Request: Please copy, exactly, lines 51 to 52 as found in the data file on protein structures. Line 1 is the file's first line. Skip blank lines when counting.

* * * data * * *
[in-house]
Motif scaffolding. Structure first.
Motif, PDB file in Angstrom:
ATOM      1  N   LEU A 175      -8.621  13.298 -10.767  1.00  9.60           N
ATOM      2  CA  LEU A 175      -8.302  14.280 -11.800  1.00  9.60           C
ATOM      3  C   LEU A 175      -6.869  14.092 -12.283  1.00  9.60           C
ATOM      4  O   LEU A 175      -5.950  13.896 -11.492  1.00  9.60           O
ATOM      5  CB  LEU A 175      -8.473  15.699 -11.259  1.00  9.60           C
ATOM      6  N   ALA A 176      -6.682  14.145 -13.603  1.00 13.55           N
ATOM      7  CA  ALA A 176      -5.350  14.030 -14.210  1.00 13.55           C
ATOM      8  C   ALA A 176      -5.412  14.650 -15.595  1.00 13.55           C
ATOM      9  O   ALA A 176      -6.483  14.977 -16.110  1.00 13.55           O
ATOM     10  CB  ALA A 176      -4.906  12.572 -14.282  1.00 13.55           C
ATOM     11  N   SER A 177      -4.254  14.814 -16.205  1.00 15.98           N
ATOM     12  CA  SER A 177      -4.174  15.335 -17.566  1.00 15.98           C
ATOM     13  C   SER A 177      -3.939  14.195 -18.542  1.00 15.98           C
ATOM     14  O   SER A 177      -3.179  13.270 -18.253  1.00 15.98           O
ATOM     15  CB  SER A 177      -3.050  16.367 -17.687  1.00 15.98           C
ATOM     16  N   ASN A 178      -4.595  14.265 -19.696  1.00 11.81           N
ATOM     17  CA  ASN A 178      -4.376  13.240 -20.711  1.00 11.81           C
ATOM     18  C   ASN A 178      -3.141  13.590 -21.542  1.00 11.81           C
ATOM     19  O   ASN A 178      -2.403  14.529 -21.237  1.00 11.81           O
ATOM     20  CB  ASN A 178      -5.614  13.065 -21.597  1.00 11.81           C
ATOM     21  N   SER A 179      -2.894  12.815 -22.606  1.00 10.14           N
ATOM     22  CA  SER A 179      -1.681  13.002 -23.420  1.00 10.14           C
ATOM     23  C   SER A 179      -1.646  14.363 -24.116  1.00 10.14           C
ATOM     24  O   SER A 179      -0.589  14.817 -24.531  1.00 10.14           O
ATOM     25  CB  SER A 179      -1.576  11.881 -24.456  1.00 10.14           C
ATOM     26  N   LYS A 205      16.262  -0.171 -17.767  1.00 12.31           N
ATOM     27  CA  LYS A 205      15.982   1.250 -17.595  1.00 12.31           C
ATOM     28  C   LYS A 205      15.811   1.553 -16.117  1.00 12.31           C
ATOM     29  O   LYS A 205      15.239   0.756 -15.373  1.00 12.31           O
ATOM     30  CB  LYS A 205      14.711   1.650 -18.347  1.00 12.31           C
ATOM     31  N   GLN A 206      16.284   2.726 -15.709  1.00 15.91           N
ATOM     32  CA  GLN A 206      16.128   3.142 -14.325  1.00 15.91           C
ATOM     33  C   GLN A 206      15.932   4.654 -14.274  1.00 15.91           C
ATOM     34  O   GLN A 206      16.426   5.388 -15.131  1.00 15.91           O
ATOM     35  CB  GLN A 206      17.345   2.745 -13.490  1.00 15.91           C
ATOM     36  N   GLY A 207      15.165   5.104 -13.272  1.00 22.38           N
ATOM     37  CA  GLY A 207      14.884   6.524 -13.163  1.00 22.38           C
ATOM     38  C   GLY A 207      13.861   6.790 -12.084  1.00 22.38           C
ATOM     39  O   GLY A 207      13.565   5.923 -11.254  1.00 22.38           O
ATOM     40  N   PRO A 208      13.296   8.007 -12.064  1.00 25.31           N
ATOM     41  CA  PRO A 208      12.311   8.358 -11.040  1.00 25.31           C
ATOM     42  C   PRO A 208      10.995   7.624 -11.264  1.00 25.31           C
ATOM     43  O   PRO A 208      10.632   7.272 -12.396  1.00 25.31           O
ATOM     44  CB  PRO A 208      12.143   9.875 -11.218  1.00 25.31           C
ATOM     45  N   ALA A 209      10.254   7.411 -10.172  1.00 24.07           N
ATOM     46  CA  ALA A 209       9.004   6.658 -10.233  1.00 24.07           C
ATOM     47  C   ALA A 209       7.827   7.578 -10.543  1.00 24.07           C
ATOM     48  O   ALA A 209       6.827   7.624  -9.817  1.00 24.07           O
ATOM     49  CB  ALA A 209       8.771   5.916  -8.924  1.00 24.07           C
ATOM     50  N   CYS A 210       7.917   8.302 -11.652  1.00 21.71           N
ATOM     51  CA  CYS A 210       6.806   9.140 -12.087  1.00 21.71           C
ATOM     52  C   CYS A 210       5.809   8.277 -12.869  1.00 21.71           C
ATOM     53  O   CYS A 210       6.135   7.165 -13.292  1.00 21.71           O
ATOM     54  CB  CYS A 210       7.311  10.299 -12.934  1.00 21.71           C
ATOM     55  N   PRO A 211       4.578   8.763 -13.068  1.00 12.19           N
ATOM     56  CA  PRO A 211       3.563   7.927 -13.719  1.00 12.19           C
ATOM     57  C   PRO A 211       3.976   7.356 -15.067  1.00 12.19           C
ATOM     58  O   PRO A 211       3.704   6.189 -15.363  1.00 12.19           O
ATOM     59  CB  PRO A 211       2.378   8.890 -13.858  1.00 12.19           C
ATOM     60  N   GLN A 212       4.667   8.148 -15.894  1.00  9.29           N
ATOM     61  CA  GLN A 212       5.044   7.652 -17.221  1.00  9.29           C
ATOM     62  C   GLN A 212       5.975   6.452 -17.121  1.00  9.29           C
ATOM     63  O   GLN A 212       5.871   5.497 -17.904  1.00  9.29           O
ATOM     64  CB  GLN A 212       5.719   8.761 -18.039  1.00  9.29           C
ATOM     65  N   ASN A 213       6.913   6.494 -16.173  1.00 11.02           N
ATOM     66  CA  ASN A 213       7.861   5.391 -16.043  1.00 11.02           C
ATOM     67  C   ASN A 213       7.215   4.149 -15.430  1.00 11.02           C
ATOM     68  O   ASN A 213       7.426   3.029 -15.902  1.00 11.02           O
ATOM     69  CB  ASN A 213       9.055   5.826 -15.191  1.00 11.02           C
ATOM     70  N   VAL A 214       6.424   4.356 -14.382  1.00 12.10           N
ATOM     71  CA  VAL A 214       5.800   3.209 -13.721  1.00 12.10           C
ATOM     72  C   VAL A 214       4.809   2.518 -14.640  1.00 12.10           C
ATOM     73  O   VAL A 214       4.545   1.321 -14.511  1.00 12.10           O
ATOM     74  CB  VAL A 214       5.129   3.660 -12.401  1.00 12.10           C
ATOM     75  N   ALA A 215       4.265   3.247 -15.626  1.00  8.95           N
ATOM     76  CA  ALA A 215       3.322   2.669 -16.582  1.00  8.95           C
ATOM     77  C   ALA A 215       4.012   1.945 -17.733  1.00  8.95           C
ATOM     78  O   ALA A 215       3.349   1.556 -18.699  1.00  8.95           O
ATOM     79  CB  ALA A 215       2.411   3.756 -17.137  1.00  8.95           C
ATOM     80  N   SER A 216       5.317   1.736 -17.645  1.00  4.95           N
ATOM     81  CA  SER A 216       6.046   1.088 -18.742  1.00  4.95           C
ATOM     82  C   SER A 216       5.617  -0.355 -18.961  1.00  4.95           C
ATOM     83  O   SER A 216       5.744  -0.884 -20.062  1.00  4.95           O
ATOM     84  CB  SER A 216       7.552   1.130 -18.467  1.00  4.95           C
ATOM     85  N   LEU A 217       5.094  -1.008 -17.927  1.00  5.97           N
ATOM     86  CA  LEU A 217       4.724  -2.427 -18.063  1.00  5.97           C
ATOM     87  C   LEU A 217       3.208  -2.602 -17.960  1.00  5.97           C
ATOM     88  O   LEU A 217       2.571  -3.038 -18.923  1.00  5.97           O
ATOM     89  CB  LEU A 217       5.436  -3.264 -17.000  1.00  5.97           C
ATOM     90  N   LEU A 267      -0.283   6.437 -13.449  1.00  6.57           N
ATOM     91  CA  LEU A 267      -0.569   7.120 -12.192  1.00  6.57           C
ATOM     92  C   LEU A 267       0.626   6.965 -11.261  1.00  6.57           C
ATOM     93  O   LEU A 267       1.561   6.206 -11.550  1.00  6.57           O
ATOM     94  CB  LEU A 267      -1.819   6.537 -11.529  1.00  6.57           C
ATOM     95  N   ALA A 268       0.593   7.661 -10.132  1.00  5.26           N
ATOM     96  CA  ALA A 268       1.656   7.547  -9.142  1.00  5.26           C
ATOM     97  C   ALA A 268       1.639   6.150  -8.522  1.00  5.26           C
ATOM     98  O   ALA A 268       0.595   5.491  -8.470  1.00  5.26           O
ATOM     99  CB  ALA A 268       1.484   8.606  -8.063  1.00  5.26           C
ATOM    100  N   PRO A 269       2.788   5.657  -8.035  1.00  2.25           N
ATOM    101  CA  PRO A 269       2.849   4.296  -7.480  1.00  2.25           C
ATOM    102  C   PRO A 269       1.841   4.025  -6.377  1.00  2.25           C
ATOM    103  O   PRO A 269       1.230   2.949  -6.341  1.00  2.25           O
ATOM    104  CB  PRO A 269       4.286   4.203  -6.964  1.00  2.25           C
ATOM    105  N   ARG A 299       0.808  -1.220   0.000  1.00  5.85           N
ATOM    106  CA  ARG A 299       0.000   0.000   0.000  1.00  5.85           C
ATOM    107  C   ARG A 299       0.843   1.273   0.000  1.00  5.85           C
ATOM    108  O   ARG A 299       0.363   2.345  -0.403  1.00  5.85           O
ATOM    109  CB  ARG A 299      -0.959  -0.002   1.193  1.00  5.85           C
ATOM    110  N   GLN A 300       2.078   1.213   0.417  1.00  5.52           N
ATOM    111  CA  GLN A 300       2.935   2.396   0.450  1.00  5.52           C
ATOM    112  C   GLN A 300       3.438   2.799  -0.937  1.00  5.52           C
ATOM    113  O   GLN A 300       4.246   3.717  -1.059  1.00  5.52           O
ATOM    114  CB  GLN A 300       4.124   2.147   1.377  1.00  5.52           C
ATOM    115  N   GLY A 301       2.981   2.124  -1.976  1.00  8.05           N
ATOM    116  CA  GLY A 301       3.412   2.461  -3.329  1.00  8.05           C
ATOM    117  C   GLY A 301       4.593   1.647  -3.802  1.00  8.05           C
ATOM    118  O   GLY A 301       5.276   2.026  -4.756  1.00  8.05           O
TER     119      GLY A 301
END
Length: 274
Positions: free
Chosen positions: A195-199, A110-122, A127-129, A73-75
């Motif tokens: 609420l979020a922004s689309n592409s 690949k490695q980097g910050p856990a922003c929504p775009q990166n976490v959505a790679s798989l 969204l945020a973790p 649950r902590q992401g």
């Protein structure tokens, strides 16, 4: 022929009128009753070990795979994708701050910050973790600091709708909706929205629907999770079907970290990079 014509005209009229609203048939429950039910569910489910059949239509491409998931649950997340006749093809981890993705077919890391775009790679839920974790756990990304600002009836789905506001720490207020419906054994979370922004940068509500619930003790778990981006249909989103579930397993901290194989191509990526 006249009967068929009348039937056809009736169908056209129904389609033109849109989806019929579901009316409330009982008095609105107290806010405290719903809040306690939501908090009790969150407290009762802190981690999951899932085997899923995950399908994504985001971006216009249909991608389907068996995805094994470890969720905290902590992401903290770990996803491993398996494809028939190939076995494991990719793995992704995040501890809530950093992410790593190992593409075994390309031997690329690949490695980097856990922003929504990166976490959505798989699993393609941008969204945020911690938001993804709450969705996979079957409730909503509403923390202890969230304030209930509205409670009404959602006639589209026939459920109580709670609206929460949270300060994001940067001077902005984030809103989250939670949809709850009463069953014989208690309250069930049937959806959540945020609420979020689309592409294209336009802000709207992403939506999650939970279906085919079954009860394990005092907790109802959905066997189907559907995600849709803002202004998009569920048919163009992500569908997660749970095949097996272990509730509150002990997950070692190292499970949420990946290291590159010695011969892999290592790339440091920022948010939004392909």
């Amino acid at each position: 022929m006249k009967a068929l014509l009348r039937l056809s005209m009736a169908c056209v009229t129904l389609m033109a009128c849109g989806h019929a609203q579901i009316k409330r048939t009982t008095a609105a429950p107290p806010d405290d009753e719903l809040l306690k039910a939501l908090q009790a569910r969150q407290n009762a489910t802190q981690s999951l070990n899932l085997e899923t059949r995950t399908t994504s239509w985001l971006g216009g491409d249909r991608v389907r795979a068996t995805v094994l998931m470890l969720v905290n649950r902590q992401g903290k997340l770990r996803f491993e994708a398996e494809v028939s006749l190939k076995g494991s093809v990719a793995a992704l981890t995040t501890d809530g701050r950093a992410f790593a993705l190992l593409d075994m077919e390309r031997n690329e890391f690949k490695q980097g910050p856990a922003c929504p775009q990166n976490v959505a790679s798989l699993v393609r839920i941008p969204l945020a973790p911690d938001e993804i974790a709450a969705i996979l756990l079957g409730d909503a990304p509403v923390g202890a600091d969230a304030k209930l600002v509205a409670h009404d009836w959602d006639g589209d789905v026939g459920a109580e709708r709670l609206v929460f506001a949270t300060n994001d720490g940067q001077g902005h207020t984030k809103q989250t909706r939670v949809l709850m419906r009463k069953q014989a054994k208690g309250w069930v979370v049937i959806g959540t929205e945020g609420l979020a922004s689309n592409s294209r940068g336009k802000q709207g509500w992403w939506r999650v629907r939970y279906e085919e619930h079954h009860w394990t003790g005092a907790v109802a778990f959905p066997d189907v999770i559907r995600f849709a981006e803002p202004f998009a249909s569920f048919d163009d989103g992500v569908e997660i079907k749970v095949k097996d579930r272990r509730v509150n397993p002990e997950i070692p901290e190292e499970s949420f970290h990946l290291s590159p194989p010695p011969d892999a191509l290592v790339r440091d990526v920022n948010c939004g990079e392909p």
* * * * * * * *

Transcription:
ATOM     48  O   ALA A 209       6.827   7.624  -9.817  1.00 24.07           O
ATOM     49  CB  ALA A 209       8.771   5.916  -8.924  1.00 24.07           C